FASCISM
Origins and Development
•Fascism derives from the Italian word
fasces meaning a bundle of rods with an
axe-blade prodruding that signified the
authority of magistrates in Imperial
Rome.
•Fascism is a child of 20’th century.
•Fascism emerged a revolt against
modernity, against the ideas and values
of the Enlightenment.
Origins and Development…
• Major ideas and doctrines of fascism were
fused together and shaped by the First World
War and its aftermath.
• Fascism emerged most dramatically in Italy
and Germany
• In Italy, Mussolini was the leader of fascist
party
• İn Italy a Fascist Party was formed in 1919, its
leader Benito Mussolini, was appointwed
prime minister in 1922, and by 1926 a one
party Fascist state had been established.
• Nazis was also formed in 1919 and under the
leadership of Hitler adopted the the style of
Mussolini’s Fascists.
• Hitler was appointed German chancellor in
1933 and in little over a year turned Germany
into Nazi dictatorship.
• By 1938 Czechoslovakia was the only
remaining democracy in Eastern and Central
Europe, with Hungary and Romania moving
steadily towards fascism and collaboration
with Nazi Germany.
• In Portugal under Salazar 1928
• In Spain after national civil war (1936-39)
Franco dictatorship established.
• 1930s in Imperial Japan
• 1945- 55 Argentina under Peron.
The basic reasons of rising fascism
at that period:
Fascism emerged out of a complex range of
historical forces that were present during the
interwar period.
1. Democratic government was so new in
Europe and democratic political values had
not replaced the older, autocratic ones.
Democratic governments representing a
coalition of interests or parties, often
appeared weak and unstable when confronted
economic or political crises.
2) European society had been disrupted by the
experience of industrialization, which had
particularly threatened a lower middle class of
shopkeepers, small businessmen, farmers and
craftsmen. These squeezed between the
growing might of big business, on the one
hand and the rising power of organized labour,
on the other.Fascist movements drew their
membership and support largely from such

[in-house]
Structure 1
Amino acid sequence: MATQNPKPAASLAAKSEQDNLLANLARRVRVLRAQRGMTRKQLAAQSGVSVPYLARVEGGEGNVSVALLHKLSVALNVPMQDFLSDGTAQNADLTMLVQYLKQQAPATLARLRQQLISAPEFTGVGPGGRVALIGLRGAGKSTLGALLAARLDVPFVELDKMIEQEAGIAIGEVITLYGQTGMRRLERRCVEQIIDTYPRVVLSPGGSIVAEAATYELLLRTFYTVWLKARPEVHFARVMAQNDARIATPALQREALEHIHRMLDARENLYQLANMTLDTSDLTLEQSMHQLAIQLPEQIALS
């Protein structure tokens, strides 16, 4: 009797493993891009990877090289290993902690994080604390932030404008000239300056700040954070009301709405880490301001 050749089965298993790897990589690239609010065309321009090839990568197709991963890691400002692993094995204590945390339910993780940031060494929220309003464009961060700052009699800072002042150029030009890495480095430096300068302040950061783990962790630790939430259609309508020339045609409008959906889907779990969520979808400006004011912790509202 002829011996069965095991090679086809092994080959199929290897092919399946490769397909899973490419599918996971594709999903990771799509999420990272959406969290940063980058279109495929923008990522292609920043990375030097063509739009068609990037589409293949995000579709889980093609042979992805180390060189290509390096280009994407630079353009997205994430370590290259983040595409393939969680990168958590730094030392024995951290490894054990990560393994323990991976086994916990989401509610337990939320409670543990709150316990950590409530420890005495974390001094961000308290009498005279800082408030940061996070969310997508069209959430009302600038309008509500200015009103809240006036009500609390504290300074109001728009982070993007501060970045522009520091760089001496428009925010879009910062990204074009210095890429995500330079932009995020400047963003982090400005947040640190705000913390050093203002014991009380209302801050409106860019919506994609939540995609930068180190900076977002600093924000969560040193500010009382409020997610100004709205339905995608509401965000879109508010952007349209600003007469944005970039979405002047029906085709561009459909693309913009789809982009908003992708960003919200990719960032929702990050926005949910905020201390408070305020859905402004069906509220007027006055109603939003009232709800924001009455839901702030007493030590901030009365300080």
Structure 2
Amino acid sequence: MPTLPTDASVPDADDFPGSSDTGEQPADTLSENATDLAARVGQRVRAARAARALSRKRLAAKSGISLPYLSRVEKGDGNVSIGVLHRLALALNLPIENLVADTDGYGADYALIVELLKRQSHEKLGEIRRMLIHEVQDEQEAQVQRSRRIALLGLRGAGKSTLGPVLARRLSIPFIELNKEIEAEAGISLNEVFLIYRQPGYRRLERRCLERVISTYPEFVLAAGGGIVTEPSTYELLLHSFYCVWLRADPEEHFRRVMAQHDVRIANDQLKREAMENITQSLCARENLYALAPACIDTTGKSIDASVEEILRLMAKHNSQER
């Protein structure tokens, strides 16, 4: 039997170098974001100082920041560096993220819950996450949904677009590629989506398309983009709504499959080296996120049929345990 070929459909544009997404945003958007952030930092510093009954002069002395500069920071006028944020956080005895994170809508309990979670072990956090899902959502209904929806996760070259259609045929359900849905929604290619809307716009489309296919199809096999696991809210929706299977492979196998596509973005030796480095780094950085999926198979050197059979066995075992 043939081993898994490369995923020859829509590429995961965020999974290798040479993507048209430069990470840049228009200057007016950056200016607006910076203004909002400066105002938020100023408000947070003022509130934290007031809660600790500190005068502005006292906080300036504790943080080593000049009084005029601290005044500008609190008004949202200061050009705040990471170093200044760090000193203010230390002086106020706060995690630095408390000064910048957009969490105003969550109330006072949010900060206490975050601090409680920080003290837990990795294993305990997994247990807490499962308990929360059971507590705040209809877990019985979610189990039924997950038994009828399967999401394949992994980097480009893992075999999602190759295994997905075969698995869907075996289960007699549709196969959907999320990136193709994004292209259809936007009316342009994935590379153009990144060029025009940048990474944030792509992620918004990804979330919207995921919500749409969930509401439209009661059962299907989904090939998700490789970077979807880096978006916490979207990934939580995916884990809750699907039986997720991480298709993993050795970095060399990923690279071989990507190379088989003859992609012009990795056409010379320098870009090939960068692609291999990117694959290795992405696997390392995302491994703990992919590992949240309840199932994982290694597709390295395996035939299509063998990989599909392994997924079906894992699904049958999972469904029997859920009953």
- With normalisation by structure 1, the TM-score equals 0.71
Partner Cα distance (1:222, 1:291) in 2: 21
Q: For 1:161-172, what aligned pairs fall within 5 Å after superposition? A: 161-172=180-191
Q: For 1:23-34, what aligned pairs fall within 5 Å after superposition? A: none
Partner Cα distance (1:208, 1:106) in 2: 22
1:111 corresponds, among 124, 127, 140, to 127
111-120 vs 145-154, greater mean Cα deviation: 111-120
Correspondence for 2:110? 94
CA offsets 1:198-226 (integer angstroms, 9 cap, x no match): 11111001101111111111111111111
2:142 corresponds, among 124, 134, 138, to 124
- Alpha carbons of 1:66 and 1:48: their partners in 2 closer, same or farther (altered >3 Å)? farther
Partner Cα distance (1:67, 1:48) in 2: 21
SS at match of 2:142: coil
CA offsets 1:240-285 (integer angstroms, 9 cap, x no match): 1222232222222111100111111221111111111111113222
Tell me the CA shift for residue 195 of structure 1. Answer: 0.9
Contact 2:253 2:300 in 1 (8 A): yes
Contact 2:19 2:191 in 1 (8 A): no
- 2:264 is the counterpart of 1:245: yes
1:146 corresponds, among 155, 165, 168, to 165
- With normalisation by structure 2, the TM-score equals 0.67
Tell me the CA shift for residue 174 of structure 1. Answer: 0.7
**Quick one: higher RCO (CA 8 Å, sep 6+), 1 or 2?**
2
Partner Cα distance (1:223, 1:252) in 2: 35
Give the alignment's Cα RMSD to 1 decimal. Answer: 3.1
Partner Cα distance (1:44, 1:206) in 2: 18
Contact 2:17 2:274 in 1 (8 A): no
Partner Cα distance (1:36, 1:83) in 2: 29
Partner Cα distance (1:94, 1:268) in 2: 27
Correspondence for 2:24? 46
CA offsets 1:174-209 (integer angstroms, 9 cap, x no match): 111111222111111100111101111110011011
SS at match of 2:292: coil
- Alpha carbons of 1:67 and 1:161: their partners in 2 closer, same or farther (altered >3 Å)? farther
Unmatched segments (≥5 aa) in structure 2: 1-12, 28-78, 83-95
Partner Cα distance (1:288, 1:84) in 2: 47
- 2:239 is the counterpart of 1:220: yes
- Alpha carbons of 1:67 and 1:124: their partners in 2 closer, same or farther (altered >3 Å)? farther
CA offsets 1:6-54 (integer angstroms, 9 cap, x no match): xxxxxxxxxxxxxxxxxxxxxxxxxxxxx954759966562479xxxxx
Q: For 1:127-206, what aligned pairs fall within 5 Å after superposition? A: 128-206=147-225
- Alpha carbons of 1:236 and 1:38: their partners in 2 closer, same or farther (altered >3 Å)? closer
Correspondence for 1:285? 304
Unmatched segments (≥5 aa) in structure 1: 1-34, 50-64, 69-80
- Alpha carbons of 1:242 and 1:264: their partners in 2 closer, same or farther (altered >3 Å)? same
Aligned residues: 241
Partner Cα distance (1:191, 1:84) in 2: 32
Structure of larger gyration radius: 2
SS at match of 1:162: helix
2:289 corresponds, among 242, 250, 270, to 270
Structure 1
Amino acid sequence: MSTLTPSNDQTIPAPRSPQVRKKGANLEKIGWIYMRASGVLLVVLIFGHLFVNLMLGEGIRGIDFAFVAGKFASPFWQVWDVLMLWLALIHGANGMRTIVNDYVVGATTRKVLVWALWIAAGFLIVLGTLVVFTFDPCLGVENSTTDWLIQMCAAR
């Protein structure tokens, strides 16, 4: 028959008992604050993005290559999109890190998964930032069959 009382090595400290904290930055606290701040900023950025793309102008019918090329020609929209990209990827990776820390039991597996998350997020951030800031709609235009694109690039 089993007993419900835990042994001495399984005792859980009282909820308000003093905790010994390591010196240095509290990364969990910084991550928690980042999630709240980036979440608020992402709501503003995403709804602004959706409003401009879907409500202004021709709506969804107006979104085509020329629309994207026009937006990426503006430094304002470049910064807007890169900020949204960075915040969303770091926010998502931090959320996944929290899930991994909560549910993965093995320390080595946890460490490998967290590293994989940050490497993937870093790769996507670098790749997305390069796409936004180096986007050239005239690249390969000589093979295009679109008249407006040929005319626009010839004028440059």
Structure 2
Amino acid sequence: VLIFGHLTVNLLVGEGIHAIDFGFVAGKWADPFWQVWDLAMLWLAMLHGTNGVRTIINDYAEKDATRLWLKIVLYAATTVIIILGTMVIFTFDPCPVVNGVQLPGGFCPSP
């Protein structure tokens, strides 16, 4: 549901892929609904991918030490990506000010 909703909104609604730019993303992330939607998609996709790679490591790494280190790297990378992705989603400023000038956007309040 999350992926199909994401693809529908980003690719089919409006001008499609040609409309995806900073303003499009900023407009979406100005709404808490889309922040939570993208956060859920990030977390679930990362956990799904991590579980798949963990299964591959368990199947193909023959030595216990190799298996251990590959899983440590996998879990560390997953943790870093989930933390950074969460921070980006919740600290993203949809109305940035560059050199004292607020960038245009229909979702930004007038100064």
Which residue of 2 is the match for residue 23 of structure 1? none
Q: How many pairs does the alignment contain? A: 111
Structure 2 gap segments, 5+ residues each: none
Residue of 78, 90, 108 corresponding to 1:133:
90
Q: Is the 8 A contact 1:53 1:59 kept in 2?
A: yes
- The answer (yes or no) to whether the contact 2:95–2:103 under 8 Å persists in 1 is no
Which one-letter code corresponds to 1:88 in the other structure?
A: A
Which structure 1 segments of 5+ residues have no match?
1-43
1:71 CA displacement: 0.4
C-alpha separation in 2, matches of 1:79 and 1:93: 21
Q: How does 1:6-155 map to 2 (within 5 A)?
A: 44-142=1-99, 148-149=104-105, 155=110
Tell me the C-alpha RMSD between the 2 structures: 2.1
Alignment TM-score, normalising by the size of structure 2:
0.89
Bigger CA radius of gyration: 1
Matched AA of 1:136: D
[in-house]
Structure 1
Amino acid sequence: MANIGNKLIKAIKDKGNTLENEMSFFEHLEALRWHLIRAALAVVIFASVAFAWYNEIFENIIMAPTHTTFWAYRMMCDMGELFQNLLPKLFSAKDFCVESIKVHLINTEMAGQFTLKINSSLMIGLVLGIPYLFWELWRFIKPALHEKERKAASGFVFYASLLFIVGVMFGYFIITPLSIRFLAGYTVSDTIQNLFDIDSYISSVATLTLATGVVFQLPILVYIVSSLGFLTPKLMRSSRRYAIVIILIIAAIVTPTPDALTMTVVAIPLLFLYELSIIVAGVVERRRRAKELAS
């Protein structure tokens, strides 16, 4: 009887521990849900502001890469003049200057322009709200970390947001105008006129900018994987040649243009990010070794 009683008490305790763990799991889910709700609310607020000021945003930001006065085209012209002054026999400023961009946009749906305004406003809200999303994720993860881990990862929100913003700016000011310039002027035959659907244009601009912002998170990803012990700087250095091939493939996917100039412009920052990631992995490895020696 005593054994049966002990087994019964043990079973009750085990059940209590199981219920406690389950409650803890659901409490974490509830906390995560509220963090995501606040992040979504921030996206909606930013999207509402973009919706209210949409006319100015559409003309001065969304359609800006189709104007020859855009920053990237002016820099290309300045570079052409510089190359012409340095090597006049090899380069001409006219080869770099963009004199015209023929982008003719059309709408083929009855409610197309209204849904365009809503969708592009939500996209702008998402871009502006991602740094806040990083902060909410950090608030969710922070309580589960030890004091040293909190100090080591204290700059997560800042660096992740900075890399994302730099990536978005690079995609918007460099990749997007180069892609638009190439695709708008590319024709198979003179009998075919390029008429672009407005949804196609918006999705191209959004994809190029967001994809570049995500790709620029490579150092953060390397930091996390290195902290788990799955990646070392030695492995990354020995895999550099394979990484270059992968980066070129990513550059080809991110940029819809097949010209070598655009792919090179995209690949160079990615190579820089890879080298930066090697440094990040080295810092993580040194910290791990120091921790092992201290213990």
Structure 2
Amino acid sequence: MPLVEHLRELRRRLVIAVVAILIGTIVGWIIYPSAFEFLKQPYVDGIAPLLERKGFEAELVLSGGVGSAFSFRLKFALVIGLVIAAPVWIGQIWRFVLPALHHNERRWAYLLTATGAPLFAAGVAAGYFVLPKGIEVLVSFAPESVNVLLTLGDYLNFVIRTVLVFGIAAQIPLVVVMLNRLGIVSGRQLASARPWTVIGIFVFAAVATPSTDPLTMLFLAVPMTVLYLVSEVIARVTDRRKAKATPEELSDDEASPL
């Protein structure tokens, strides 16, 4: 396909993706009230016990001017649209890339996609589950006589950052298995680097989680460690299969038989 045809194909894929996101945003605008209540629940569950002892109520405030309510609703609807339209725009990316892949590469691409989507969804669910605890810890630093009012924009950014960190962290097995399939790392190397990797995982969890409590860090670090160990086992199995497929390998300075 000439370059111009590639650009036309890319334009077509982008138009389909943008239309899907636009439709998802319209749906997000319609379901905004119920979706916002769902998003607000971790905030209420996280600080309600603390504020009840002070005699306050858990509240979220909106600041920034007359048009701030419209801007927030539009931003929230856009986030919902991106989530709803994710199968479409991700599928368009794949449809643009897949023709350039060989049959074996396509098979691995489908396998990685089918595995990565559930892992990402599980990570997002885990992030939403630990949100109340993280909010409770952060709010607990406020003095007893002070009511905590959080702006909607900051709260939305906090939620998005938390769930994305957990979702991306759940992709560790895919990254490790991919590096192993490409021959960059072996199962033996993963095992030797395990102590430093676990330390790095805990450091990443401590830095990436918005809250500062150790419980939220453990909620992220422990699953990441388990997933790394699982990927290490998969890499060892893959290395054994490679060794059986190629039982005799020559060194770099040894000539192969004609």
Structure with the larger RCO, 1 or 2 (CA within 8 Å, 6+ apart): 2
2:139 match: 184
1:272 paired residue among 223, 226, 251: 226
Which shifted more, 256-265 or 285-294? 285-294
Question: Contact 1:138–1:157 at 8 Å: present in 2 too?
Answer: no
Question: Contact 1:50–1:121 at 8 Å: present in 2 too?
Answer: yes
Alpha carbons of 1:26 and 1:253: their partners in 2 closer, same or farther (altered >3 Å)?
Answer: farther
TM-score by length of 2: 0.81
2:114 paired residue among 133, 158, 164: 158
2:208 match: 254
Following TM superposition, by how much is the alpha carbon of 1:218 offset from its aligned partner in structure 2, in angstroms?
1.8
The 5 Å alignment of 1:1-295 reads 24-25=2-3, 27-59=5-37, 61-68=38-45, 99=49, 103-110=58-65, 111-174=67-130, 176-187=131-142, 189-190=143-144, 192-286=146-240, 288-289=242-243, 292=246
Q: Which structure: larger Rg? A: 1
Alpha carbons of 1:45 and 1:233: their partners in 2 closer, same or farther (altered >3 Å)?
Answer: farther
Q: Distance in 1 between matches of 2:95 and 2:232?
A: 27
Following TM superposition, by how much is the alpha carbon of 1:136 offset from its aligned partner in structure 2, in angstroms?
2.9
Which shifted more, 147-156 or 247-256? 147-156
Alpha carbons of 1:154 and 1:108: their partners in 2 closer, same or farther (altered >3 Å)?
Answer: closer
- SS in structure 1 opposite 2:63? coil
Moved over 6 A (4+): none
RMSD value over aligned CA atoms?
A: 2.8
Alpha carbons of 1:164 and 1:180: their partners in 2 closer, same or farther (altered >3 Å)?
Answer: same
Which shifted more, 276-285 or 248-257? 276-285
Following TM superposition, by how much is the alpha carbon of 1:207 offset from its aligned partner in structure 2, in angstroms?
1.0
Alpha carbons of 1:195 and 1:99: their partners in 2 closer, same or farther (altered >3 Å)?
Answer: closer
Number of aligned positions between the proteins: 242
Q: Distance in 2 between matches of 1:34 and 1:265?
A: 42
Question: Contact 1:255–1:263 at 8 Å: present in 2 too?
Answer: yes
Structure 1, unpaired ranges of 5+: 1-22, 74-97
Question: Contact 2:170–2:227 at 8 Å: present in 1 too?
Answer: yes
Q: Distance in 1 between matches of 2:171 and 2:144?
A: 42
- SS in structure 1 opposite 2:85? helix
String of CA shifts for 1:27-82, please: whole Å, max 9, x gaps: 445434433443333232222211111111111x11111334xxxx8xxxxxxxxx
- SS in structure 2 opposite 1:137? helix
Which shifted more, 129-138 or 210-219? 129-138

lower middle class elements.
3) The period after the I. World War was deeply
affected by the Russian Revolution and the fear
amongst the propertied classes that social revolution
was about the spread throughout Europe. Fascist
groups drew both financial and
political support from business interests
4) The world economic crisis of 1930s often provided a
final blow to already fragile democracies. Rising
unemployment and economic failure produced an
atmosphere of crisis and pessimism thet could be
exploited by political extremists and demagogues.
5) The First World War had failed to resolve
international conflicts and rivalries, leaving a
bitter inheritance of frustrated nationalism
and the desire for revenge.
Since 1945 fascist movements have achieved
only marginal success, encouraging some to
believe that fascism was a specifically interwar
phenomenon, linked to unique combination of
historical circumstances that characterized
that period.
Others, regard fascism as an ever –present danger,
seeing its roots in human psychology. Eric Fromm
(1984) called it as “the fear of freedom”. Modern
civilization has produced greater individual freedom
but with it the danger of isolation and insecurity. At
times of crisis, individuals may flee from freedom,
seeking security in submission to an all powerful
leader or totalitarian state. So, political instability or
an economic crisis could produce conditions in which
fascism could revive
Central Themes
Fascism lacks a rational and coherent core and
appears to be an ‘ill- assorted hodge-podge of
ideas’
Anti- rationalism
• Counter- enlightement thinking.
• Limits of reason and more powerful drives and
impulses for human beings.
• Will to power- Nietzsche
• ‘political myths’
• Anti- rationalism does not necessarily a right
wing character, fascism gave political
expression to the most radical and extreme
forms of Counter- Enlightement thinking.
• Anti-intellectualism and despise abstract
thinkinking and revere action. Mussolini:
action not talk.
• Intellectual life was devalued, it is cold, dry
and lifeless.
• The rejection of Enlightement gave fascism a
predominantly negative or destructive
character. Fascist have often been clearer
about what they oppose than what they
support.
• Fascism as anti-philosophy: anti socialist, anti
liberal, anti- conservative
• In fascism freedom came to mean
unquestioning submission, ‘democracy’ was
equated with absolute dictatorship and
• In fascism freedom came to mean
unquestioning submission, ‘democracy’ was
equated with absolute dictatorship and
‘progres’ implied constant struggle and war.
• Abandoning the standart of universal reason,
fascism has placed its faith entirely in history,
culture and the idea of organic community.
• Each nation is animated by its collective spirit,
its Volkgeist, a product of its unique history,
culture and language.
Struggle
• Darwin’s ideas: survival of the fittest, natural
selecetion
• Human existence is based upon competition
or struggle.
• If the testing ground for human existence is
competition and struggle, then the ultimate
test is war
• Hitler: “War as an unalterable law of the
whole of life”
• Mussolini: “War is to men what maternity is to
women”